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The WeekThe Week

The Week V. 1246

The Week covers the Best of the British and Foreign Media. With its non partisan reporting, The Week gives the reader an insight into all the the news, people, arts, drama, property, books and how the international media has reported it. This concise guide allows the reader to be up to date and have a wealth of knowledge to allow them to discuss all these key topics with their friends and peers.

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51 Issues


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the main stories… …and how they were covered

What happened Judgement day In the most important constitutional judgment in decades, the UK Supreme Court ruled this week that Boris Johnson’s decision to suspend Parliament was unlawful. The unanimous ruling threw Johnson’s Brexit strategy into further turmoil and prompted calls for his resignation. Government lawyers had argued that the decision to prorogue was not a matter for the courts. But the Supreme Court concluded after a three-day hearing that the decision was indeed “justiciable”, and that it had been unlawful because “it had the effect of frustrating or preventing the ability of Parliament to carry out its constitutional functions”. The PM, said Supreme Court president Brenda Hale, had not given any reason – “let alone a good reason” – for suspending the legislature for a full five weeks in the run-up…

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the week

Of all the wounds inflicted by Brexit, none has proved so fatal as the injury to our belief in the superiority of our unwritten constitution. Who could now, like Mr Podsnap in Our Mutual Friend, boast to “the foreign gentleman”: “Our Constitution, Sir. We Englishmen are Very Proud of Our Constitution, Sir. It Was Bestowed Upon Us By Providence. No Other Country is so Favoured as This Country”? Not only do we see everyone from the Speaker to the PM, and to Parliament itself, being accused – and in the PM’s case, convicted – of breaking its unwritten conventions, we have the highest court in the land invading the unwritten domain and expressly repudiating the verdict of the London High Court that any dispute over the convention of prorogation is…

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the week

Editor-in-chief: Caroline Law Editor: Theo Tait Deputy editor: Harry Nicolle Executive editor: Laurence Earle City editor: Jane Lewis Editorial assistant: Asya Likhtman Contributing editors: Daniel Cohen, Charity Crewe, Thomas Hodgkinson, Simon Wilson, Rob McLuhan, Anthony Gardner, William Underhill, Digby Warde-Aldam, Tom Yarwood, William Skidelsky Editorial staff: Anoushka Petit, Tigger Ridgwell, Rosabel Crean Picture editor: Xandie Nutting Art director: Nathalie Fowler Sub-editor: Alasdair Morton Production editor: Alanna O’Connell Editorial chairman and co-founder: Jeremy O’Grady Production Manager: Maaya Mistry Production Executive: Sophie Griffin Newstrade Director: David Barker Direct Marketing Director: Abi Spooner Inserts: Jack Reader Classified: Henry Haselock, Rebecca Seetanah, Nicholas Fisher Account Directors: Lauren Shrigley, Jonathan Claxton, Jocelyn Sital-Singh Senior Account Managers: Joe Teal, Hattie White Account Executive: Clement Aro Advertising Manager: Carly Activille Group Advertising Director: Caroline Fenner Founder: Jolyon Connell Chief Executive, The Week: Kerin O’Connor Chief Executive: James Tye Dennis Publishing founder: Felix Dennis…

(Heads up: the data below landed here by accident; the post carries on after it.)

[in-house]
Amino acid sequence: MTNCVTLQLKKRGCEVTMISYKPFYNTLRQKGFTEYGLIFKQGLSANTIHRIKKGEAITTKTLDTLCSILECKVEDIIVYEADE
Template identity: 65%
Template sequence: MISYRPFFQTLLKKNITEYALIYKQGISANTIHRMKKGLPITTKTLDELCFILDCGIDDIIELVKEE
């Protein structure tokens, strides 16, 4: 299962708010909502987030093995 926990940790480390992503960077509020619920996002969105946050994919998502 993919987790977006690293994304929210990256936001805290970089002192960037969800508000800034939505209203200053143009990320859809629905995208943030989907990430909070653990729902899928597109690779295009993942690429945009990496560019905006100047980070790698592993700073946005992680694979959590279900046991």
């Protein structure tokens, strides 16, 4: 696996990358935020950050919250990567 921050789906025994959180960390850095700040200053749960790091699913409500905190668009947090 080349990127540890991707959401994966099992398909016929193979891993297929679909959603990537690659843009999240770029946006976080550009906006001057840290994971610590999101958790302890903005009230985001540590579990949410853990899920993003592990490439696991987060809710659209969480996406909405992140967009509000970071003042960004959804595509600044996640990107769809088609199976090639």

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Controversy of the week The end of Thomas Cook Thomas Cook was once “at the heart of the way we travelled”, said the London Evening Standard. The world’s oldest travel agent began life in 1841 by offering day trips to temperance meetings in the Midlands; in its golden age, it printed timetables for railways around the globe, sold tickets for the Orient Express and “stylish cruises along the Nile”, and counted Mark Twain, Rudyard Kipling and Winston Churchill among its customers. But this week, its 178-year story “ended ignominiously”, said The Economist: the firm finally collapsed, after a decade of financial troubles, when it failed to secure a £1.1bn rescue package, and a last-minute appeal for a £150m government bailout fell on deaf ears. Around 150,000 tourists were left stranded abroad, prompting…

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spirit of the age

A new tech company says it is “democratising” private swimming pools by enabling owners to rent them out by the hour using an Airbnb-style app. Swimply only launched in a test version last year, but it now lists pools in 26 US states, as well as in Mexico, Australia and Canada. Its founder says he was inspired by his childhood in New Jersey, when he and his 11 siblings were allowed to swim in their neighbour’s seldom-used pool in return for paying a quarter of its running costs. Lego is trying to cash in on the mindfulness trend with its first book for adults. Entitled Build Yourself Happy: The Joy of Lego Play, it promises to help readers “practise mindfulness, explore creativity and unwind”.…

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good week for:

Phoebe Waller-Bridge, who won three Emmys for her BBC black comedy Fleabag – and signed a rumoured $20m-a-year deal to create new programmes for Amazon. Among the other British winners at the Emmys were the actress Jodie Comer, for Killing Eve, and the writers Jesse Armstrong, for Succession, and Charlie Brooker, for Black Mirror: Bandersnatch. Arron Banks, the self-styled “Bad Boy of Brexit”, after a criminal investigation into his funding of the Leave. EU’s campaign found no evidence that he’d acted unlawfully. Banks had been alleged not to be the true source of £8m in donations. “It was my money,” he tweeted this week.…